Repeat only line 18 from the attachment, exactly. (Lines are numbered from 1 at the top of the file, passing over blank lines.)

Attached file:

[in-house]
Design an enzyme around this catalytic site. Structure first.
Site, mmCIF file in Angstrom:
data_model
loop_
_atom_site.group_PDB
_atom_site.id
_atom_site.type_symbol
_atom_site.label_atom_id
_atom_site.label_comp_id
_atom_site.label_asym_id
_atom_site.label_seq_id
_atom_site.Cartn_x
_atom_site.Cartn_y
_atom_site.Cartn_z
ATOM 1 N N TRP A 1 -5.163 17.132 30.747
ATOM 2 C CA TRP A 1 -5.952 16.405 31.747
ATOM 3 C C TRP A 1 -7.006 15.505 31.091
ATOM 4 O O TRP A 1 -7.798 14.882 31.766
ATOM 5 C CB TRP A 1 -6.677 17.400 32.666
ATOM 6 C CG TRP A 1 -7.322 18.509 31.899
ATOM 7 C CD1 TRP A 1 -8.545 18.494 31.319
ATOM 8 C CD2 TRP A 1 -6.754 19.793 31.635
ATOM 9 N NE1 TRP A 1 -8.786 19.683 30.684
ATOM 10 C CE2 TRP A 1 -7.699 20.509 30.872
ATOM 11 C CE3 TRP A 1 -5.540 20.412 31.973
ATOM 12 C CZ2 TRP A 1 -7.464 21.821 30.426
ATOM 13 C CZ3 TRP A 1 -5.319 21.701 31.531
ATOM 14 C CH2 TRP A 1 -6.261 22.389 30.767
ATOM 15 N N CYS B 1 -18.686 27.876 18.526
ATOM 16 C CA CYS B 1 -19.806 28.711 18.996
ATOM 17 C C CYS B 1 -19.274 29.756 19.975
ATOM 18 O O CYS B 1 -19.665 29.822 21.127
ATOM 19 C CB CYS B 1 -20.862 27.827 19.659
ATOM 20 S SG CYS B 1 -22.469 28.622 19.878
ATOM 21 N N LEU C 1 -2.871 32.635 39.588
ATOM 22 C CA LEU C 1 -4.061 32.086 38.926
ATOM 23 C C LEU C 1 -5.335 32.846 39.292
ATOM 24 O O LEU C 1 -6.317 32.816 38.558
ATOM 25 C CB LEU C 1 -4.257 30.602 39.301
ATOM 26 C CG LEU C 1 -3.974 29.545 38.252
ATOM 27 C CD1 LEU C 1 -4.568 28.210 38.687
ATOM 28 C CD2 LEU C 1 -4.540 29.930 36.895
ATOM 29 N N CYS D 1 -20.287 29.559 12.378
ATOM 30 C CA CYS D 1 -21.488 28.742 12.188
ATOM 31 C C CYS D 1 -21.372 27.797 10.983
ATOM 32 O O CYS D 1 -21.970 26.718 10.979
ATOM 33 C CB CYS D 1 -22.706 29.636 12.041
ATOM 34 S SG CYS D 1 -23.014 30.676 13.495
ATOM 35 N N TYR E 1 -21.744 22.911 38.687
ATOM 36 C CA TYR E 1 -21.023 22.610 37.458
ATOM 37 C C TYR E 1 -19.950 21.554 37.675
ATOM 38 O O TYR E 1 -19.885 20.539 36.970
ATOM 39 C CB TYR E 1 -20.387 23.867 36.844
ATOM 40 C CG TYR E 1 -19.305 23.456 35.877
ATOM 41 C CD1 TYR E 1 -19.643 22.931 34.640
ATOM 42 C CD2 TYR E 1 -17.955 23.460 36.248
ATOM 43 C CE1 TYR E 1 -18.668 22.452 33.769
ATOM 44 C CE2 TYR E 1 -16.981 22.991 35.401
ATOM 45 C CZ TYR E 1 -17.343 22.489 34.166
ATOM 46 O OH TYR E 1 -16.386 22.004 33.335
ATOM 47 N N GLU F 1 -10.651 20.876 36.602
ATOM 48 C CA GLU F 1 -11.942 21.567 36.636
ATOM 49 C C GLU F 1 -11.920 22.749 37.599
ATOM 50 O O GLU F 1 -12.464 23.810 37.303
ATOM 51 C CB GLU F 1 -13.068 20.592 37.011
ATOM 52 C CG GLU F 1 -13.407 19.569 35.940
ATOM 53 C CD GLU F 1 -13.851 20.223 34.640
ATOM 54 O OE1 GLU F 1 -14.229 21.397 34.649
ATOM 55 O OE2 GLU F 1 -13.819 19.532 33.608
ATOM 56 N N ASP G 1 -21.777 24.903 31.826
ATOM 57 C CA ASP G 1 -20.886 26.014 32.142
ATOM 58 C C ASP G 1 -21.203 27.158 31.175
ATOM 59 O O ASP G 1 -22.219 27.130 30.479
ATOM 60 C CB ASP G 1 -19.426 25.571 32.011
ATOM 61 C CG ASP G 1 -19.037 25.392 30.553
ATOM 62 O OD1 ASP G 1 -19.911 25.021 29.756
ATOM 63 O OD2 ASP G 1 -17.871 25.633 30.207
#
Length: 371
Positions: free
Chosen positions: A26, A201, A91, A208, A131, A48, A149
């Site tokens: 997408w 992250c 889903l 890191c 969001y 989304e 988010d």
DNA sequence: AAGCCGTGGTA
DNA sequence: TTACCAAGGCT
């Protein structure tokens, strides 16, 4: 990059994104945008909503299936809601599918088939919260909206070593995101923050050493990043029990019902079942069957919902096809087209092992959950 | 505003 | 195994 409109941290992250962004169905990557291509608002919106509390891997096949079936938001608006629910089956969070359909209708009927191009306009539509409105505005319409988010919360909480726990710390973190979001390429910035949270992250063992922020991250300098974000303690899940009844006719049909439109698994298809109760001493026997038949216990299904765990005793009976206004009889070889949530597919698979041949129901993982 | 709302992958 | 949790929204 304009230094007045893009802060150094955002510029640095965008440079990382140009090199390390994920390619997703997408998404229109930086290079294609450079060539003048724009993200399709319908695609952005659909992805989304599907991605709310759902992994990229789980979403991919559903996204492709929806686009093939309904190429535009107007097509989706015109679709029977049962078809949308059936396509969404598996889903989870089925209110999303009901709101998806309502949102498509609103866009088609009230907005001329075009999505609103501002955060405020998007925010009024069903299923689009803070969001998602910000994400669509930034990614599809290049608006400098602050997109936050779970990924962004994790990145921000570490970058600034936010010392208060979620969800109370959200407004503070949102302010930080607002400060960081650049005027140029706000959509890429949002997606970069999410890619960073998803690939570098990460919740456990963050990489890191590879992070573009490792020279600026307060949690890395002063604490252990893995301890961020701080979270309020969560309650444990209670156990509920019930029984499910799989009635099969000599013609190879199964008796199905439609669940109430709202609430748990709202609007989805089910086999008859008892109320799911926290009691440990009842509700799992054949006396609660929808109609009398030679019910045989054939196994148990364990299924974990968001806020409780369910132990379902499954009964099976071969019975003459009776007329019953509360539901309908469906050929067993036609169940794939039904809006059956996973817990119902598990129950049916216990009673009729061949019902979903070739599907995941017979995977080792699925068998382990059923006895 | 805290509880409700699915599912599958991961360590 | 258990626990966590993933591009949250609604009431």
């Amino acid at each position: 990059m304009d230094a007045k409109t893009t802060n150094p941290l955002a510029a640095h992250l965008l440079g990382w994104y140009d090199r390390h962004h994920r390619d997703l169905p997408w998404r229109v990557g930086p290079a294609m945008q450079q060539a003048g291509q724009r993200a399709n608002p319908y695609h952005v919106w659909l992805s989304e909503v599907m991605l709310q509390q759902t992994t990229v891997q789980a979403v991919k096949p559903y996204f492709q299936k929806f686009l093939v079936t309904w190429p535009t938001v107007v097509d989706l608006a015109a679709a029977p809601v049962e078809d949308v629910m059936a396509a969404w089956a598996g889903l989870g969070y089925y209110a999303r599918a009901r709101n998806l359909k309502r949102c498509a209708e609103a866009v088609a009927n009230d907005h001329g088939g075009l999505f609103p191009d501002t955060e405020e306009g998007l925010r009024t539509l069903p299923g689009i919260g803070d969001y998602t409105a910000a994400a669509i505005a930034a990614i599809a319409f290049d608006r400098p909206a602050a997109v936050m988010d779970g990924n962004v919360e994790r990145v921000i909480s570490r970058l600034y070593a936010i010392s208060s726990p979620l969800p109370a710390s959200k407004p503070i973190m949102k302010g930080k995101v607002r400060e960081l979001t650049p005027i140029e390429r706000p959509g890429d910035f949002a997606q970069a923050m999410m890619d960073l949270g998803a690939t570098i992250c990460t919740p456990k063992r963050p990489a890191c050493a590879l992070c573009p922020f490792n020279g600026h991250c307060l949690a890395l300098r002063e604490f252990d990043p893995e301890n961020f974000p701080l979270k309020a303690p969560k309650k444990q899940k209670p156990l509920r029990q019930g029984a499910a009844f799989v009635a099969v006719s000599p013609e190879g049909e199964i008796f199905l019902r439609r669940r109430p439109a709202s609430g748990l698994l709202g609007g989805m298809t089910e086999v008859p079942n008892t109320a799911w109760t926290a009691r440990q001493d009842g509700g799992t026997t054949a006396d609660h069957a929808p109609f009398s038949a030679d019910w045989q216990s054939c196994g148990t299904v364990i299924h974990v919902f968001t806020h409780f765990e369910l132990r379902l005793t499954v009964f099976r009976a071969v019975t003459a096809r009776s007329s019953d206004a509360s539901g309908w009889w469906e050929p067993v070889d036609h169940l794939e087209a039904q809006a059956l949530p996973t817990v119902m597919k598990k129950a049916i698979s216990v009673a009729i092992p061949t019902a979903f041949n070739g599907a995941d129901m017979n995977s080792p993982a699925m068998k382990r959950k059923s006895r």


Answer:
ATOM 3 C C TRP A 1 -7.006 15.505 31.091